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Thread: Lens / filter for Nikon D3100

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    Lens / filter for Nikon D3100

    so ill be getting a Nikon D3100 with the 18-55mm kit lens in about 3 weeks just wondering what lenses, filters would be compatible? i like to shoot landscapes portraits macro and id like to try astro.
    Last edited by xxdrakexx; 17-08-2012 at 10:16pm.
    Jimmy!!!
    Nikon D3400 18-55mm kit lens AF-S DX Nikkor 55-300mm f4-5.6G ED VR 2 tri-pods

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    Ausphotography Site Sponsor/Advertiser Film Street's Avatar
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    You'll be able to do a lot with the 18-55. It's a capable lens but a little fragile. Handle it carefully and learn it for a while. After a few months perhaps examine your photos for possible trends. eg: shooting close al the time or at 18mm quite often.
    Your history will then guide you into what you want next.

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    Quote Originally Posted by Film Street View Post
    You'll be able to do a lot with the 18-55. It's a capable lens but a little fragile. Handle it carefully and learn it for a while. After a few months perhaps examine your photos for possible trends. eg: shooting close al the time or at 18mm quite often.
    Your history will then guide you into what you want next.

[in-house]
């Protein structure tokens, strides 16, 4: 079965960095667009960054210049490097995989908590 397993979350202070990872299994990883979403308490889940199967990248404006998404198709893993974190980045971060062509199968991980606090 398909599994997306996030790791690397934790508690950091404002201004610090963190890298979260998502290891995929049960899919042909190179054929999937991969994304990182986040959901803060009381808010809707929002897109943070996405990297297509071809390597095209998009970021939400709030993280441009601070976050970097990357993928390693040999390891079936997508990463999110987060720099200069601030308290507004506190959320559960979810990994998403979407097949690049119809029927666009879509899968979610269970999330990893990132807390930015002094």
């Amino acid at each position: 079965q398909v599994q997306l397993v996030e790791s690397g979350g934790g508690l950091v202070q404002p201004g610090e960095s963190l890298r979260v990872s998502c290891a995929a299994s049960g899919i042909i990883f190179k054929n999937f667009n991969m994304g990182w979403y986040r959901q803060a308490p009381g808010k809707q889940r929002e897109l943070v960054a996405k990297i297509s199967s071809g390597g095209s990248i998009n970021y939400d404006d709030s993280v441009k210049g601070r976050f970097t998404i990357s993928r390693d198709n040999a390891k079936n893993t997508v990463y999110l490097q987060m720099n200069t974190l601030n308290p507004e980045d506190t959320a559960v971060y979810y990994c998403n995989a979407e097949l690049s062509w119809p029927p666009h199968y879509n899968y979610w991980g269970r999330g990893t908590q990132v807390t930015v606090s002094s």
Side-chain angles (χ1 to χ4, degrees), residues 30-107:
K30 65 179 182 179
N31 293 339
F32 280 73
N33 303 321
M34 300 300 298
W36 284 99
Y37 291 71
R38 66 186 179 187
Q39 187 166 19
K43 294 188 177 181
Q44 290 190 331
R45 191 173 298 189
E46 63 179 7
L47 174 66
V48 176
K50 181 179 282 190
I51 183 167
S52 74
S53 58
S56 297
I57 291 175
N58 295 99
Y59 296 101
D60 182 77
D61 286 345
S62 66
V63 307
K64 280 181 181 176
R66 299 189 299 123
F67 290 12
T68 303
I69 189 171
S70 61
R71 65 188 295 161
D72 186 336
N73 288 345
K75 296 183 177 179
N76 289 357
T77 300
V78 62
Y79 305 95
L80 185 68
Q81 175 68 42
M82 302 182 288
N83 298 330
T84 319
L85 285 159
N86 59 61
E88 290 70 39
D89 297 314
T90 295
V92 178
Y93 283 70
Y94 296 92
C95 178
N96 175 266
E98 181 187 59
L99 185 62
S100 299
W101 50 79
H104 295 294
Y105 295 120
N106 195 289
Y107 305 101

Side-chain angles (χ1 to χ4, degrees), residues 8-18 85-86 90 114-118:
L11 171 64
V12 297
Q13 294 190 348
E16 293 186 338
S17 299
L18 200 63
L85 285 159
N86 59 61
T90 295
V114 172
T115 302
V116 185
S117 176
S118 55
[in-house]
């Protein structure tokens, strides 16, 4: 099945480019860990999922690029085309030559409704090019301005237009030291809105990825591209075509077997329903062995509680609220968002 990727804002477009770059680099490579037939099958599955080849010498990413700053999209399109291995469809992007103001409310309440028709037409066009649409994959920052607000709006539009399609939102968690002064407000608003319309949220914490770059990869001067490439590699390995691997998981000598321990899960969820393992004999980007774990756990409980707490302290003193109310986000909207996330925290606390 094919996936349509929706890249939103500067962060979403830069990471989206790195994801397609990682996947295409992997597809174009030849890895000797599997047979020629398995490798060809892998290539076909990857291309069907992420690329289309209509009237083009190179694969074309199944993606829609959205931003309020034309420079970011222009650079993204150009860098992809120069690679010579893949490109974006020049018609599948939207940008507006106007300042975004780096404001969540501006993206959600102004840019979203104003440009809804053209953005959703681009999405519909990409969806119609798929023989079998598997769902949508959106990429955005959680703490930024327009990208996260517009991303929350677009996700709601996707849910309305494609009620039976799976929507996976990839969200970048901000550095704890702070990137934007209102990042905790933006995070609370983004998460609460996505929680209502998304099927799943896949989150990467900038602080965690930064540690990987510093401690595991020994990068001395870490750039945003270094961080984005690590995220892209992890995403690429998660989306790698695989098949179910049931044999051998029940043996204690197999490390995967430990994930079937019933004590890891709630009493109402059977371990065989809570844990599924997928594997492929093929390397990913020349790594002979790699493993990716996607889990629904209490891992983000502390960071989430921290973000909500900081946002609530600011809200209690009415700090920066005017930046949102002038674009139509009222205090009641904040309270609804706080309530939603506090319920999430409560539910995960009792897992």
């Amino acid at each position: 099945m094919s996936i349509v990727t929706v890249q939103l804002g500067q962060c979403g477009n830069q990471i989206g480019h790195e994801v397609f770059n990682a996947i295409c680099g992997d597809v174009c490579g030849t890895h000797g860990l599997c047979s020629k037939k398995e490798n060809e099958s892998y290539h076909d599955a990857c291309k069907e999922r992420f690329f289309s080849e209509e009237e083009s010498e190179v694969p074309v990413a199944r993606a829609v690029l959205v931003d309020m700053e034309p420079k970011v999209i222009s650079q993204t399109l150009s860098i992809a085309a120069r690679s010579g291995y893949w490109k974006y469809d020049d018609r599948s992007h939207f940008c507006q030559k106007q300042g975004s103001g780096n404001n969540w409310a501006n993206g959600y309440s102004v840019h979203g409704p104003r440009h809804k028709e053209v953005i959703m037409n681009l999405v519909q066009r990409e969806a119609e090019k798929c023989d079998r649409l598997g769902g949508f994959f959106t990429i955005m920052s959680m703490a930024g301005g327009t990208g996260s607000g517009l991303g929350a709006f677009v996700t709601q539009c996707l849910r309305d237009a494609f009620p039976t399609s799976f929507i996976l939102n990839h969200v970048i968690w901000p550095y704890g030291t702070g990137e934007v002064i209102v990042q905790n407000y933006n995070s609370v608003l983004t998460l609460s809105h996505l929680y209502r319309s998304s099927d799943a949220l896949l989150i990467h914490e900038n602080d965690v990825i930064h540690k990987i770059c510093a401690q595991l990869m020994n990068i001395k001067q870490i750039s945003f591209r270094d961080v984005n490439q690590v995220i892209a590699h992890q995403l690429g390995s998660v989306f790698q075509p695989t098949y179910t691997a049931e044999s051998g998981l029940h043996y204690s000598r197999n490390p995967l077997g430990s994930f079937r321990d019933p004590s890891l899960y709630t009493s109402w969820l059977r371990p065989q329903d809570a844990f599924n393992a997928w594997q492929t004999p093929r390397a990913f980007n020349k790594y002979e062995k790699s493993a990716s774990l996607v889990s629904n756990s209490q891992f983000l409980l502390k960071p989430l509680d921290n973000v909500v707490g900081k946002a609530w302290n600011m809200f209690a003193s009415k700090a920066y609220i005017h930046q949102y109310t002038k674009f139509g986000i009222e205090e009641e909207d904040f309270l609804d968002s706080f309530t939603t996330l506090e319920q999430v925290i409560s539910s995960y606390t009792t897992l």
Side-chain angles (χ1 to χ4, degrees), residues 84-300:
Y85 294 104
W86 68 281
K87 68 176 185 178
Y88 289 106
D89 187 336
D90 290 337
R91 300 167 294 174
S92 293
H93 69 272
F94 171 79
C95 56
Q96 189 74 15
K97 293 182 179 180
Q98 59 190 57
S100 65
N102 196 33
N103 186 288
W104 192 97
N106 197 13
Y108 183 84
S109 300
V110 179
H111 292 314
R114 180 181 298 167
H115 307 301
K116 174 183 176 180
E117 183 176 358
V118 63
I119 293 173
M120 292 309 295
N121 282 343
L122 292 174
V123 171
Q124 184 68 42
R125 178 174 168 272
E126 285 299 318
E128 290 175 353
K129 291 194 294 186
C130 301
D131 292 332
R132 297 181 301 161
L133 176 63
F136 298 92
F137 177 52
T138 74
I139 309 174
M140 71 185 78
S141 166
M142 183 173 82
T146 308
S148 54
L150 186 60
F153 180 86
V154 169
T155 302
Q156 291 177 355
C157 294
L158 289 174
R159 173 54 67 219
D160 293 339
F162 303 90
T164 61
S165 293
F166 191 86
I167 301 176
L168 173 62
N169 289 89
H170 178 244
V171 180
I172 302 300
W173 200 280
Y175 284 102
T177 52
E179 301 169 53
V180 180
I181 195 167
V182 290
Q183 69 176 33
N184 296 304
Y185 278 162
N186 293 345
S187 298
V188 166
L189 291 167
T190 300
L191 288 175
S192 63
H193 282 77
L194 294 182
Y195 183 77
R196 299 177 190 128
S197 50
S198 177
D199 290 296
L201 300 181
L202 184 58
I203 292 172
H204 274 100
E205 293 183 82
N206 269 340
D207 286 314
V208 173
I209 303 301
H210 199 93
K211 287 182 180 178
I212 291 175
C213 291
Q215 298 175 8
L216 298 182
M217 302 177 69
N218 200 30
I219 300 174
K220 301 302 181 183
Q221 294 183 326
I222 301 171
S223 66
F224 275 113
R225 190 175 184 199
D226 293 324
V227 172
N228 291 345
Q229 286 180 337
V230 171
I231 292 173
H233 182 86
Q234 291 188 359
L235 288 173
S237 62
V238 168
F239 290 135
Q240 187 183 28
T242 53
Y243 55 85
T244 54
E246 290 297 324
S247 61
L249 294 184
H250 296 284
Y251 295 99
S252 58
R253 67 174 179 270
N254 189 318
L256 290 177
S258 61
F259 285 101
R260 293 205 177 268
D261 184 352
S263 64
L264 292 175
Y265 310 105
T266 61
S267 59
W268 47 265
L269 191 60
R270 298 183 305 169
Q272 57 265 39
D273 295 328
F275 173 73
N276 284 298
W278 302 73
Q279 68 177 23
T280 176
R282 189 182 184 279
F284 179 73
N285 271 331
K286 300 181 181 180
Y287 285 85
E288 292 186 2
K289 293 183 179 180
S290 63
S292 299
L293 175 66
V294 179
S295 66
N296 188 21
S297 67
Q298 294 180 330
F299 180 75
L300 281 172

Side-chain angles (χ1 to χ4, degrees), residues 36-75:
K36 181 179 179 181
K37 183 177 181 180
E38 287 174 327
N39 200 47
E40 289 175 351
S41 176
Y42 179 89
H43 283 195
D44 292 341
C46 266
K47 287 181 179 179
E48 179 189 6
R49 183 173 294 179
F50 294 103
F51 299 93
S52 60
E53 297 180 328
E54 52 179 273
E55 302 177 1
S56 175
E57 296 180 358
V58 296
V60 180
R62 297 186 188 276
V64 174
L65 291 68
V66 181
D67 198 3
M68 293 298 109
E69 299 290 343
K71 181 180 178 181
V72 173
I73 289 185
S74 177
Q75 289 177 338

will the 18-55mm be able to handle macro hopefully better they my point and shoot dose lol

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    A royal pain in the bum! arthurking83's Avatar
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    OK, you'll struggle to capture really good portraits with that kit lens.
    In another thread I'm sure I mentioned the 18-105VR lens .. it has 'an ability' to do OK portraits, and would be the minimum I'd get as a one lens fits all purpose.

    But that's past now and you will have this kit lens to play with.

    Filter! Polariser. That's it. It will help to capture nice landscapes in some instances.

    For portraits, get either a 35/1.8 lens or the 50/1.8 lens. If you have a spare $200 to play with.

    35/1.8 is a better all rounder + portrait lens, whereas the 50/1.8 will be a better portrait + other uses type lens.

    IF you wanted something more interesting, then look for an old(manual focus) 50mm from last century!!
    any lens, ai, ais, or pre ai will do. they'll all fit .. then you're cooking!!
    They're manual everything only tho and so you will have to learn to focus. So it's only recommended if you really want to learn to shoot for starters.